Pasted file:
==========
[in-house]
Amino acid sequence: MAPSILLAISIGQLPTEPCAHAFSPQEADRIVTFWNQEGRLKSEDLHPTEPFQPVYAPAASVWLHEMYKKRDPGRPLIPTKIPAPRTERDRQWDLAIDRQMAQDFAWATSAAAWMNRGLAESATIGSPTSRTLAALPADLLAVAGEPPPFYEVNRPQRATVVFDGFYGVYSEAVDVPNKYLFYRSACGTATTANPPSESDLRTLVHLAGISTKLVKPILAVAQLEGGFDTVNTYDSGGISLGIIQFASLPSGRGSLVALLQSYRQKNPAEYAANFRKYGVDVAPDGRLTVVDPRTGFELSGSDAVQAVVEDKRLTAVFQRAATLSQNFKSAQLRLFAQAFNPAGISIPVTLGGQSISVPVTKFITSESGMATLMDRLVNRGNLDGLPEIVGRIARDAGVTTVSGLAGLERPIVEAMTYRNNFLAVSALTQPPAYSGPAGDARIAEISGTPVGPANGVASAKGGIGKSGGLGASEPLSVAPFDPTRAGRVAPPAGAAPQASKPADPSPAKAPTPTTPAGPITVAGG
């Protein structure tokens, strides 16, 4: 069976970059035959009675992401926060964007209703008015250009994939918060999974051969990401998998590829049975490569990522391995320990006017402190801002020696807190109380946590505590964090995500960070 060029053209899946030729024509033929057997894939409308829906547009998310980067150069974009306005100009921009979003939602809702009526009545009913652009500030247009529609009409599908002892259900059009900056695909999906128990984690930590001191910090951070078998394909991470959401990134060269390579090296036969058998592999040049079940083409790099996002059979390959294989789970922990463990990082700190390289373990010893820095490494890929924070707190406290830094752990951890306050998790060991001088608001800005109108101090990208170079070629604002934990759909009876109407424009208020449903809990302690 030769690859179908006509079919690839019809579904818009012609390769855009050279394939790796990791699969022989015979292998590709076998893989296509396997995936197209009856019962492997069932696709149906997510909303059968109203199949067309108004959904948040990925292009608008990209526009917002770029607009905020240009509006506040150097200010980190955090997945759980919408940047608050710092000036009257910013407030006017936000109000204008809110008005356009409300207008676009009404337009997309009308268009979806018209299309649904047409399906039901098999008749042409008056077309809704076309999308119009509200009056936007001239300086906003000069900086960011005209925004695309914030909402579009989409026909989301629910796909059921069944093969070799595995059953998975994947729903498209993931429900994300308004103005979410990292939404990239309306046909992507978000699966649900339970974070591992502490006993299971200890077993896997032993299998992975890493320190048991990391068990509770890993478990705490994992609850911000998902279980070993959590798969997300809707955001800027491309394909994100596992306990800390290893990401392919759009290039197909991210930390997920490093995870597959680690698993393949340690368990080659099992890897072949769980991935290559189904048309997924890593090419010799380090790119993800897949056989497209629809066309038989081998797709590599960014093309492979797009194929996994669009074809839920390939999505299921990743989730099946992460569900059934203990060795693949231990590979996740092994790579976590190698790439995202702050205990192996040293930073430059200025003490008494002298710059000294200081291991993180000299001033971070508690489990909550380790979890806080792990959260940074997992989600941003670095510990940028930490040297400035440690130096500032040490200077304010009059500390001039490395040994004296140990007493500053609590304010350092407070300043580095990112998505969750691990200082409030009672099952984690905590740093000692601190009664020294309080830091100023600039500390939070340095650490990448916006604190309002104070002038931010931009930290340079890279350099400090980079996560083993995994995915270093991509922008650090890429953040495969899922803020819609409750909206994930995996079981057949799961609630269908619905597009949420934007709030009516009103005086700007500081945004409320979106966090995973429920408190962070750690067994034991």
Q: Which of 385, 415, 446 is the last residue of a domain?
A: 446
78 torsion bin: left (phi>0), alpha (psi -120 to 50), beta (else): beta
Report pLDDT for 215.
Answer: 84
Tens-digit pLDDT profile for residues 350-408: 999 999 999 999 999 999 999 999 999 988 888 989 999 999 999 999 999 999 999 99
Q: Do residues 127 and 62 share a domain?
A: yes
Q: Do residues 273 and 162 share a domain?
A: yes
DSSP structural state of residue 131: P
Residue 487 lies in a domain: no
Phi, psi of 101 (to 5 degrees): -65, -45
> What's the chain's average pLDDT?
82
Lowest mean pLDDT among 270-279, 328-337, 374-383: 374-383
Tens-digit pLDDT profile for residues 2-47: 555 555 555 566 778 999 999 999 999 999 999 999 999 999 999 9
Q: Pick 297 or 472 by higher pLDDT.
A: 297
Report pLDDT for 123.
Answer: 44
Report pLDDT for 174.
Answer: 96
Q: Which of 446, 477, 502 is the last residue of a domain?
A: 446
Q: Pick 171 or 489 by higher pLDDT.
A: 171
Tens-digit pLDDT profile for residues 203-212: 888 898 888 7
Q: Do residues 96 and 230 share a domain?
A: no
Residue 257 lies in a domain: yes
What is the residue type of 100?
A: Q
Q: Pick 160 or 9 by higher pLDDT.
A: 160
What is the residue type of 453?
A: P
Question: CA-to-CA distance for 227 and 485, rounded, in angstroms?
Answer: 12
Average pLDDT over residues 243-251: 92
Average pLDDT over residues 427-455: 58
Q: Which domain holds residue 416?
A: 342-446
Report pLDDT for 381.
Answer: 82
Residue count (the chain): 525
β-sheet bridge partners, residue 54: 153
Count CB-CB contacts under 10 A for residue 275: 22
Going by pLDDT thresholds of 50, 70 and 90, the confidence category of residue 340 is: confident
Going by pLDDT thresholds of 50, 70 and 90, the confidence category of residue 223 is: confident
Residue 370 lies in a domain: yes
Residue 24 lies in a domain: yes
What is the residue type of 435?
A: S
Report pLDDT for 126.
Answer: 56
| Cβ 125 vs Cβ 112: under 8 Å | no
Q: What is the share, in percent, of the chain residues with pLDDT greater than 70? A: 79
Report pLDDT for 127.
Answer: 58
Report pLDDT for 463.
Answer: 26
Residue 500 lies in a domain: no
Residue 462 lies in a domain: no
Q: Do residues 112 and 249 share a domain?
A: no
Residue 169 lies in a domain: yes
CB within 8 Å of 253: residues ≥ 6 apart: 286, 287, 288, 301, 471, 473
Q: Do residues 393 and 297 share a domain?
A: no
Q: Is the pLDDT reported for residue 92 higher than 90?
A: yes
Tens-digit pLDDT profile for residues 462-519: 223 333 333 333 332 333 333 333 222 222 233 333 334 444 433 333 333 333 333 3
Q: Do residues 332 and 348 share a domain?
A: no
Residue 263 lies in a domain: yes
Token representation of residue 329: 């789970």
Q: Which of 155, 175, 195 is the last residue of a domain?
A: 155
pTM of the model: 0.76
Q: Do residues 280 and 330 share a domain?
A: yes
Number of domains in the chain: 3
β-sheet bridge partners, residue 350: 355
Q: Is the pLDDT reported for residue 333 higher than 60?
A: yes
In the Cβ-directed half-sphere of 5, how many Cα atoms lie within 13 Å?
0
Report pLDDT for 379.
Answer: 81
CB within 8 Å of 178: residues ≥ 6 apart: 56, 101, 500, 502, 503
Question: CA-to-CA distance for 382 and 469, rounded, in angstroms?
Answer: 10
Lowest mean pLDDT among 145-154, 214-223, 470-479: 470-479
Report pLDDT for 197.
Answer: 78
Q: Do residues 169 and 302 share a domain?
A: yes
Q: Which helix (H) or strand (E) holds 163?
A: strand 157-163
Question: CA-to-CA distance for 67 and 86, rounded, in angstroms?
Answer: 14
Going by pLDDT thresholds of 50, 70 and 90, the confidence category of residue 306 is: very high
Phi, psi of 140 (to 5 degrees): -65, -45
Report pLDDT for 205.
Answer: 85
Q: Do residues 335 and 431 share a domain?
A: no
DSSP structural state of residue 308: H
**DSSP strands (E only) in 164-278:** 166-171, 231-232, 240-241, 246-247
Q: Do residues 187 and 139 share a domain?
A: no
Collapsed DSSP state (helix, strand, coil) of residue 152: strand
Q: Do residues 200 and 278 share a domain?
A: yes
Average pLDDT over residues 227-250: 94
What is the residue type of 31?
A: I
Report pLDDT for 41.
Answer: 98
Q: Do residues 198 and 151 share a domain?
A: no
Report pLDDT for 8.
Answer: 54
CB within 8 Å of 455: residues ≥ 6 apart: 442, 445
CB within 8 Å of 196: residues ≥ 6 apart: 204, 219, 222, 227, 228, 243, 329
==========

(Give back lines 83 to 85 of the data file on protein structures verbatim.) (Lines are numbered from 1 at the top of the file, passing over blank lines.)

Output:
pTM of the model: 0.76
Q: Do residues 280 and 330 share a domain?
A: yes